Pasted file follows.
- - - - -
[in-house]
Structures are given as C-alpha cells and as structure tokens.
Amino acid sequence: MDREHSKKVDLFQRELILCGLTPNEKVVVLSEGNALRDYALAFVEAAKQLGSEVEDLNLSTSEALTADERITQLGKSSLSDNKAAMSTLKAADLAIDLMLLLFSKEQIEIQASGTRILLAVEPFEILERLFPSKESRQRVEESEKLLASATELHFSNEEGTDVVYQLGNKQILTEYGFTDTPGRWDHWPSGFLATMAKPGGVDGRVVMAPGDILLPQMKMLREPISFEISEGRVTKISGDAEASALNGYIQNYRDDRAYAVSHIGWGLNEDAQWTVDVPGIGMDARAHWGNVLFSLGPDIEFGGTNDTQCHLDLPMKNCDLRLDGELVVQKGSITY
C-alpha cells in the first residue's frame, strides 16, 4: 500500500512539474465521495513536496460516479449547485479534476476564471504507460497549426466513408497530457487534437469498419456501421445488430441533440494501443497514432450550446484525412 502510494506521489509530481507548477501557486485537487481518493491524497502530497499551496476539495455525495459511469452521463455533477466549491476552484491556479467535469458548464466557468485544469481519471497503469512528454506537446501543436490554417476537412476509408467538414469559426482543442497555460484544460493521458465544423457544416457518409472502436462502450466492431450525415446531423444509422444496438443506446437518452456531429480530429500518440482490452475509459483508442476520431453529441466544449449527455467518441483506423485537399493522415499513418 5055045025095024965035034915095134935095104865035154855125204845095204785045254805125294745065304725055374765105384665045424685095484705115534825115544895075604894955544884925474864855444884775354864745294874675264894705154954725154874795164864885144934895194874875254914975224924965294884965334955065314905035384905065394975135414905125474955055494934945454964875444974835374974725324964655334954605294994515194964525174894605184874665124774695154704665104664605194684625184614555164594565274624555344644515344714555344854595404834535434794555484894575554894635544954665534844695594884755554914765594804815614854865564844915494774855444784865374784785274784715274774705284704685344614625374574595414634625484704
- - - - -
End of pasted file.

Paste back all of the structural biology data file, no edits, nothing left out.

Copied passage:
[in-house]
Structures are given as C-alpha cells and as structure tokens.
Amino acid sequence: MDREHSKKVDLFQRELILCGLTPNEKVVVLSEGNALRDYALAFVEAAKQLGSEVEDLNLSTSEALTADERITQLGKSSLSDNKAAMSTLKAADLAIDLMLLLFSKEQIEIQASGTRILLAVEPFEILERLFPSKESRQRVEESEKLLASATELHFSNEEGTDVVYQLGNKQILTEYGFTDTPGRWDHWPSGFLATMAKPGGVDGRVVMAPGDILLPQMKMLREPISFEISEGRVTKISGDAEASALNGYIQNYRDDRAYAVSHIGWGLNEDAQWTVDVPGIGMDARAHWGNVLFSLGPDIEFGGTNDTQCHLDLPMKNCDLRLDGELVVQKGSITY
C-alpha cells in the first residue's frame, strides 16, 4: 500500500512539474465521495513536496460516479449547485479534476476564471504507460497549426466513408497530457487534437469498419456501421445488430441533440494501443497514432450550446484525412 502510494506521489509530481507548477501557486485537487481518493491524497502530497499551496476539495455525495459511469452521463455533477466549491476552484491556479467535469458548464466557468485544469481519471497503469512528454506537446501543436490554417476537412476509408467538414469559426482543442497555460484544460493521458465544423457544416457518409472502436462502450466492431450525415446531423444509422444496438443506446437518452456531429480530429500518440482490452475509459483508442476520431453529441466544449449527455467518441483506423485537399493522415499513418 5055045025095024965035034915095134935095104865035154855125204845095204785045254805125294745065304725055374765105384665045424685095484705115534825115544895075604894955544884925474864855444884775354864745294874675264894705154954725154874795164864885144934895194874875254914975224924965294884965334955065314905035384905065394975135414905125474955055494934945454964875444974835374974725324964655334954605294994515194964525174894605184874665124774695154704665104664605194684625184614555164594565274624555344644515344714555344854595404834535434794555484894575554894635544954665534844695594884755554914765594804815614854865564844915494774855444784865374784785274784715274774705284704685344614625374574595414634625484704